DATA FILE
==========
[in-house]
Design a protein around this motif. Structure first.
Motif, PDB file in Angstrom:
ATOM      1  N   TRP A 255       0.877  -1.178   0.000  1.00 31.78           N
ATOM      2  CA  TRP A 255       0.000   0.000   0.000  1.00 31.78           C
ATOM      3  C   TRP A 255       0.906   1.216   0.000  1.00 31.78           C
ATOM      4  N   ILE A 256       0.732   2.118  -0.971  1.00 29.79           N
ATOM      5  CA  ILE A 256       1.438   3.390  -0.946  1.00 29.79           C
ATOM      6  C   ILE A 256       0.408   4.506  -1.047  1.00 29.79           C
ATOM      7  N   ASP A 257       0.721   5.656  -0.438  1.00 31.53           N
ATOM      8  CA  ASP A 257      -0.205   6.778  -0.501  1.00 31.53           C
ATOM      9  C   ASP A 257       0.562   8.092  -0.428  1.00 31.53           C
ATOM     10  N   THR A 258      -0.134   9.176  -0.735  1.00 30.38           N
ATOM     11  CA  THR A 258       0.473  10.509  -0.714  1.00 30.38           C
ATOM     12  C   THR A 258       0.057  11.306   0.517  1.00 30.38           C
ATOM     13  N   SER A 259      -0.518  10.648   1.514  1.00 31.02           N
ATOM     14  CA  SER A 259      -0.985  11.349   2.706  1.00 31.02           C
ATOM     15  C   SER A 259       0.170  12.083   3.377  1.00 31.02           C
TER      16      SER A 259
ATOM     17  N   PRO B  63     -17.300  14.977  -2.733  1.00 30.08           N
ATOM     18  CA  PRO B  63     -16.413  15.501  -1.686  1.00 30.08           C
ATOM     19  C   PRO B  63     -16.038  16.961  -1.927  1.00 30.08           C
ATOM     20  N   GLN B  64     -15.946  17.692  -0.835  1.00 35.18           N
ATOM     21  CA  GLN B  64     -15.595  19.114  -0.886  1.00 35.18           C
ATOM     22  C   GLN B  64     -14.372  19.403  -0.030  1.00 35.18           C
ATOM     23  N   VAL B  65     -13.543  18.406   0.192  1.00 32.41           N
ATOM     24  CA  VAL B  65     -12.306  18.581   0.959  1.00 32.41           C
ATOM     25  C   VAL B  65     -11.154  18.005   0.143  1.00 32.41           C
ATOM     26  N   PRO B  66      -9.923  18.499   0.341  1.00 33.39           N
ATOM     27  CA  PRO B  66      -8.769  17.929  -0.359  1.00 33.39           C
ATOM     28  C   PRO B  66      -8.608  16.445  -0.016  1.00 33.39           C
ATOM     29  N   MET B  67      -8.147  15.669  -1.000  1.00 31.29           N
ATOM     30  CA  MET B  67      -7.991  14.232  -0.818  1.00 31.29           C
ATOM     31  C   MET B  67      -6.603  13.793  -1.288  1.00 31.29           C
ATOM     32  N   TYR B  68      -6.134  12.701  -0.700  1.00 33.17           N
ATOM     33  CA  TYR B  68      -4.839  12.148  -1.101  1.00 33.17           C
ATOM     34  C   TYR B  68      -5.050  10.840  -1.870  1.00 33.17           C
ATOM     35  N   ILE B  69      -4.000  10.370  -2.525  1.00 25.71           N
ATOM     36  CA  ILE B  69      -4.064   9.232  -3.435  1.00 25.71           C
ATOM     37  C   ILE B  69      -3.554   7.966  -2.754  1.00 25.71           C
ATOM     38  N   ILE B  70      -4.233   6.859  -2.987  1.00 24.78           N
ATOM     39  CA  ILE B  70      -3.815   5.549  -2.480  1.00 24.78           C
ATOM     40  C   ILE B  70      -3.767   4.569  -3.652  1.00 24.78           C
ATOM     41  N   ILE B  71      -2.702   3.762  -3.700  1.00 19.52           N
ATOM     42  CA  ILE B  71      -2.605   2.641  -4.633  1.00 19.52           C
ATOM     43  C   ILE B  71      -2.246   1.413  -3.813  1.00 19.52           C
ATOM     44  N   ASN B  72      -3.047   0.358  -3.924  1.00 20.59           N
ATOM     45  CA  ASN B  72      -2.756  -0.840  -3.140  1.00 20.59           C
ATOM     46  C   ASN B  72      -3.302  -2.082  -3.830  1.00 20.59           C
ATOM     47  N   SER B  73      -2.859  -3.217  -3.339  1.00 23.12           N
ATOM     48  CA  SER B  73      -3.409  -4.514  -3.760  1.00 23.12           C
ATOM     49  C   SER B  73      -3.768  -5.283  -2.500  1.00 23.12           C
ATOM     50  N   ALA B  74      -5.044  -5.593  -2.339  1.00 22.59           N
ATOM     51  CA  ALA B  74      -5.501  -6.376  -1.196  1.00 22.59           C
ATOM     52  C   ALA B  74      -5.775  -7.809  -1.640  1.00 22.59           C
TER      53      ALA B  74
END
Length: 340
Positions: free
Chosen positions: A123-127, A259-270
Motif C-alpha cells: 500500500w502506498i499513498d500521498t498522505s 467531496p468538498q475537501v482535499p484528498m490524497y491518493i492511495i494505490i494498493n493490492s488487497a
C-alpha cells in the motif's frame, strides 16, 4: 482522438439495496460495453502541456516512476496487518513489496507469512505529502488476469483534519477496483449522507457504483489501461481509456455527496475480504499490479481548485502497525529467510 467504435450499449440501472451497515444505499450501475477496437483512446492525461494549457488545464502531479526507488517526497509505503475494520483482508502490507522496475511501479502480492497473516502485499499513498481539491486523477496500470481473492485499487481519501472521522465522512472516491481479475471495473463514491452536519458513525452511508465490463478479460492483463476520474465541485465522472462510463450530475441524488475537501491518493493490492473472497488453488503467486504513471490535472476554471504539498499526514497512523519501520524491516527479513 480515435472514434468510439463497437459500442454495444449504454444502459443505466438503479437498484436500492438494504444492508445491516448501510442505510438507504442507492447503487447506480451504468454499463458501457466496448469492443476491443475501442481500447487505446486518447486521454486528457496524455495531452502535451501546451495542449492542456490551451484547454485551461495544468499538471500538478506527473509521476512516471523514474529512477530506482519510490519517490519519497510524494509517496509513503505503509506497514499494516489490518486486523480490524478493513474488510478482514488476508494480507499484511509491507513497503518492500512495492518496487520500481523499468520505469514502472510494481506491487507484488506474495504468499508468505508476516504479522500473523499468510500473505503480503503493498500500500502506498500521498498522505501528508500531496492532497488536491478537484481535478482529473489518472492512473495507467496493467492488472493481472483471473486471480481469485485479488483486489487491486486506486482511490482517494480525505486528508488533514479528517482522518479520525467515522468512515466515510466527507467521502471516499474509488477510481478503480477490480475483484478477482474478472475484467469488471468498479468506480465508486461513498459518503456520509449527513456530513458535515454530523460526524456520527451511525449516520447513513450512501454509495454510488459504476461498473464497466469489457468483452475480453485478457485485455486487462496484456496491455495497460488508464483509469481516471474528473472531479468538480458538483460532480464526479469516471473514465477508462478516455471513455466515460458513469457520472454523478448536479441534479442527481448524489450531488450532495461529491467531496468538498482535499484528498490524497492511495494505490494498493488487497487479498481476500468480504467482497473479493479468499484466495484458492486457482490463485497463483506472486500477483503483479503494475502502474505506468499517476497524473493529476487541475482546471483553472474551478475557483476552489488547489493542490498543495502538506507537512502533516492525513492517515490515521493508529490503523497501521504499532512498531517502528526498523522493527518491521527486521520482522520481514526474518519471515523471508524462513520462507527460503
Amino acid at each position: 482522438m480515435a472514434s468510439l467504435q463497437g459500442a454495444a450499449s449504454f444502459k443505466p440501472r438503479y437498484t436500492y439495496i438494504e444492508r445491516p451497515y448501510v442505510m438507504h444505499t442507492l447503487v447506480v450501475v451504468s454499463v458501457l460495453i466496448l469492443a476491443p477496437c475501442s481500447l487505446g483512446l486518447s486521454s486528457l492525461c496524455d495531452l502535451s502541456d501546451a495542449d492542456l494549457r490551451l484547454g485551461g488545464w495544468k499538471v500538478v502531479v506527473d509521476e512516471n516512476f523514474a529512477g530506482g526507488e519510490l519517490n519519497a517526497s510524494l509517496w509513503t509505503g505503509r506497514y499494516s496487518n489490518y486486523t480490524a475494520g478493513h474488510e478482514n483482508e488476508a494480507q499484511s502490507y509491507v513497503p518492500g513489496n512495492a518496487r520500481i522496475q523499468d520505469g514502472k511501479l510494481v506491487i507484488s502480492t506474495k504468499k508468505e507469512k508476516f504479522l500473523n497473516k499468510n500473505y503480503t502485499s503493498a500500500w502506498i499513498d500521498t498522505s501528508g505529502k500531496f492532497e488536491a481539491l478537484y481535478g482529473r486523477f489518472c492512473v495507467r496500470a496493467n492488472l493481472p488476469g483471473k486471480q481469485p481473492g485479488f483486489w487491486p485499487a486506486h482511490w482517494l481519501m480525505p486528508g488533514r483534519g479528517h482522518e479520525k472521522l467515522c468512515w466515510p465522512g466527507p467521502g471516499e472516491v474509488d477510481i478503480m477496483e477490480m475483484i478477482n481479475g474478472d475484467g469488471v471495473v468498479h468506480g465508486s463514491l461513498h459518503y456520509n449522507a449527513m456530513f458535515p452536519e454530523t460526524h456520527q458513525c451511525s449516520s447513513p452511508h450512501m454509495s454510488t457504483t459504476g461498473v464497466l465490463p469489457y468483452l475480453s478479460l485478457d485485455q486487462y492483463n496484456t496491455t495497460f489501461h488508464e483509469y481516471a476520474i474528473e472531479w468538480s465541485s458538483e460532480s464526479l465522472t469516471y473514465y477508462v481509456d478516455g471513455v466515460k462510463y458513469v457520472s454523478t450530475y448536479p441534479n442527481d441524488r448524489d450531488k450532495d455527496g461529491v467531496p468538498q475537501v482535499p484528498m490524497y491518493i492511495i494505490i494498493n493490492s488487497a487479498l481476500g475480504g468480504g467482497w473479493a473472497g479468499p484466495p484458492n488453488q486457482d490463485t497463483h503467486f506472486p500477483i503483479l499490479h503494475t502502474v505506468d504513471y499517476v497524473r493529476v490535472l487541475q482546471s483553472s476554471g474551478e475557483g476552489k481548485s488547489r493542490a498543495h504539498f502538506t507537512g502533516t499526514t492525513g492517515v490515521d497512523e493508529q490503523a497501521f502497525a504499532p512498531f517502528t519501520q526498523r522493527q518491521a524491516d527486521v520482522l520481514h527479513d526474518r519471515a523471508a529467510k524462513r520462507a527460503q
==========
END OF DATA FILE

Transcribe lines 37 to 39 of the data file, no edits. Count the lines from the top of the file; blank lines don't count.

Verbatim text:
ATOM     34  C   TYR B  68      -5.050  10.840  -1.870  1.00 33.17           C
ATOM     35  N   ILE B  69      -4.000  10.370  -2.525  1.00 25.71           N
ATOM     36  CA  ILE B  69      -4.064   9.232  -3.435  1.00 25.71           C